Big Questions

What is a parachurch ministry?

Posted February 16, 2024

by Kairos Kobayashi

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Churches come in many denominations — Protestant, Catholic, Baptist, Eastern Orthodox and many more. Parachurches work as the middle ground where those from different denominations can work together toward a common goal, solve issues within local communities and shape new ministry methods.

Parachurches exist to bridge differences between denominations and achieve common goals with the limited resources individual churches have. While various groups do collaborate to achieve common goals, they also have to navigate through differences in customs, traditions, rules, structures and beliefs.

What are Parachurches?

The term "para" is a Greek word that means “beside” or “alongside” according to WordReference. Following its root definitions, parachurches are Christian organizations operating outside Christian denominations but working alongside them, according to Desiring God. These groups do not fall under the control of any particular denomination and operate independently.

Any rules or traditions are not mandatory for parachurches to follow, and they can operate by their own rules without conflicting with other groups’ formats.

Parachurches work on handling specific social welfare and ministry goals like Habitat for Humanity which strives to build affordable, safe housing. The main Church focuses on regularly gathering people together as the body of Christ through preaching, worshiping and looking at Scripture, according to Radical. Both share similar values of love and service.

For many Christians, both the Church and parachurches serve as prime examples of how we share God’s values of love and service based on Scripture.

Hebrews 10:24-25 says, “And let us consider one another to stir up love and good works, not forsaking the assembling of ourselves together, as is the manner of some, but exhorting one another, and so much the more as you see the Day approaching.”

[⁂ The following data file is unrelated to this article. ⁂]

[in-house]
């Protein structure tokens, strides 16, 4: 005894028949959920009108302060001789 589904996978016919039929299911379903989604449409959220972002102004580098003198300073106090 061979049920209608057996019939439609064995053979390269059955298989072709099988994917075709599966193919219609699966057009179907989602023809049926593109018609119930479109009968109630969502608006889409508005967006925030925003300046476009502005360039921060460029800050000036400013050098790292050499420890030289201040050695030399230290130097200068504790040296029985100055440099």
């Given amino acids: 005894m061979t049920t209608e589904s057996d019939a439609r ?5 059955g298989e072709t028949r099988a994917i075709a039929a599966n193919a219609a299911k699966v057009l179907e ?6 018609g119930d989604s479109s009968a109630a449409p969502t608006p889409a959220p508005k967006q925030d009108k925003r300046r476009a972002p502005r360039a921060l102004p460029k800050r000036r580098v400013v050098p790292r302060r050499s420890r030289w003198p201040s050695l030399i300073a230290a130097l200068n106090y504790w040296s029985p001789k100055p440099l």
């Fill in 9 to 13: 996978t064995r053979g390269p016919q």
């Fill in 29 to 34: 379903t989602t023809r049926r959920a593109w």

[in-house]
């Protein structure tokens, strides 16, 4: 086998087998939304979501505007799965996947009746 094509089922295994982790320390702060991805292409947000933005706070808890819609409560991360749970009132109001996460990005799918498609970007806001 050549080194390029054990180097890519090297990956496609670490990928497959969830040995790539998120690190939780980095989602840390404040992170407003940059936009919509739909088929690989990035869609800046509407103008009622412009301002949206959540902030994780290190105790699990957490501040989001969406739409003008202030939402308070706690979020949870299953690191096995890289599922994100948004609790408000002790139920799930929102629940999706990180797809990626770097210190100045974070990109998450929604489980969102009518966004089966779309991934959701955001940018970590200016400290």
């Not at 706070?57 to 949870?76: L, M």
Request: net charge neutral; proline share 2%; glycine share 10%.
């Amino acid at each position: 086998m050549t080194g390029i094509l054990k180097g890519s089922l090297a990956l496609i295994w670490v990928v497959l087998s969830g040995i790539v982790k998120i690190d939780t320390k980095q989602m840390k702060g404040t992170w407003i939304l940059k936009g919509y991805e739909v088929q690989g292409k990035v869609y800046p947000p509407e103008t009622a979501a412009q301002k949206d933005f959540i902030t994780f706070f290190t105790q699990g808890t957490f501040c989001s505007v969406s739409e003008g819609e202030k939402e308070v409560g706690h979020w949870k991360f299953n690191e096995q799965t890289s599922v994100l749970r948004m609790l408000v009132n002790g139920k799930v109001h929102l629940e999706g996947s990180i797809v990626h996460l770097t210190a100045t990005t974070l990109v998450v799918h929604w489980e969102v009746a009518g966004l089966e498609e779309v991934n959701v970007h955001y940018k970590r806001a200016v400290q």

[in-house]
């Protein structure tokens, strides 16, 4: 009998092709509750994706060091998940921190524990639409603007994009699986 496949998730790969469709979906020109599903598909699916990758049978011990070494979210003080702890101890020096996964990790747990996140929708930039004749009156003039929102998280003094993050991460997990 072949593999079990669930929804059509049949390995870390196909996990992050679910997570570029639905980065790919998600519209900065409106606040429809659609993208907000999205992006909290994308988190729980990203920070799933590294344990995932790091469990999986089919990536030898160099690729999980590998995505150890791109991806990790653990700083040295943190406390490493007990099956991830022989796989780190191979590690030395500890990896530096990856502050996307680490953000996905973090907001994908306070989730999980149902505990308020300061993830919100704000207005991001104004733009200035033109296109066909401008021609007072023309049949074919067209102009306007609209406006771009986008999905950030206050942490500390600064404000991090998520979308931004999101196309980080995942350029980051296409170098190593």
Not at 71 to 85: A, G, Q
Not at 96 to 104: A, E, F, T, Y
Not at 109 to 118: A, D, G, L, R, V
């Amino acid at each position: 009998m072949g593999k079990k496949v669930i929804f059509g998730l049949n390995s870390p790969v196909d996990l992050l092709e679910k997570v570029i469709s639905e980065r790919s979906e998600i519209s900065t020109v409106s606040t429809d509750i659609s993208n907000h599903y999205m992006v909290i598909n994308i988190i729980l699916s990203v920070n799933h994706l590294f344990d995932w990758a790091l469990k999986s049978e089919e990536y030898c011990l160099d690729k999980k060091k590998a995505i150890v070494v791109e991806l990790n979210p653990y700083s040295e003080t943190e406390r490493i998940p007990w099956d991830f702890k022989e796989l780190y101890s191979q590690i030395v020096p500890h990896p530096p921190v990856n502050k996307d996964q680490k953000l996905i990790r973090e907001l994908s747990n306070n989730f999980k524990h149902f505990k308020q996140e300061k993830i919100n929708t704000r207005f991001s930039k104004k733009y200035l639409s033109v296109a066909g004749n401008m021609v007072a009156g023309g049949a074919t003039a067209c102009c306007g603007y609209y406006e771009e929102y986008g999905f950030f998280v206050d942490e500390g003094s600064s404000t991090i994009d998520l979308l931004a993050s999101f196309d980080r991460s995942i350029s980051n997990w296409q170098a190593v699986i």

Growth of Parachurches

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While the term first appeared in the late 20th century, parachurch-like organizations have existed for centuries, according to Cru. One example Cru lists is the disciple Paul who not only preached but also established a team that was self-sustaining and worked in conjunction with Church.

In 15th century England, Puritans created charities not under the control of any particular denomination and shaped British society by giving which allowed healthcare to be expanded, began the long battle against poverty, and increased opportunities for those from poorer classes, according to Gary North’s newsletter “The Rise of the Parachurch Ministries” and W.K. Jordan’s book “Philanthropy in England.”

By the early 19th century, various parachurch-like organizations emerged in the United States to achieve different goals, according to WiseGEEK.

Some early examples include the American Board of Commissioners for Foreign Missions, the American Education Society and the American Bible Society, according to Carl H. Esbeck in his article “Dissent and Disestablishment: The Church-State Settlement in the Early American Republic.”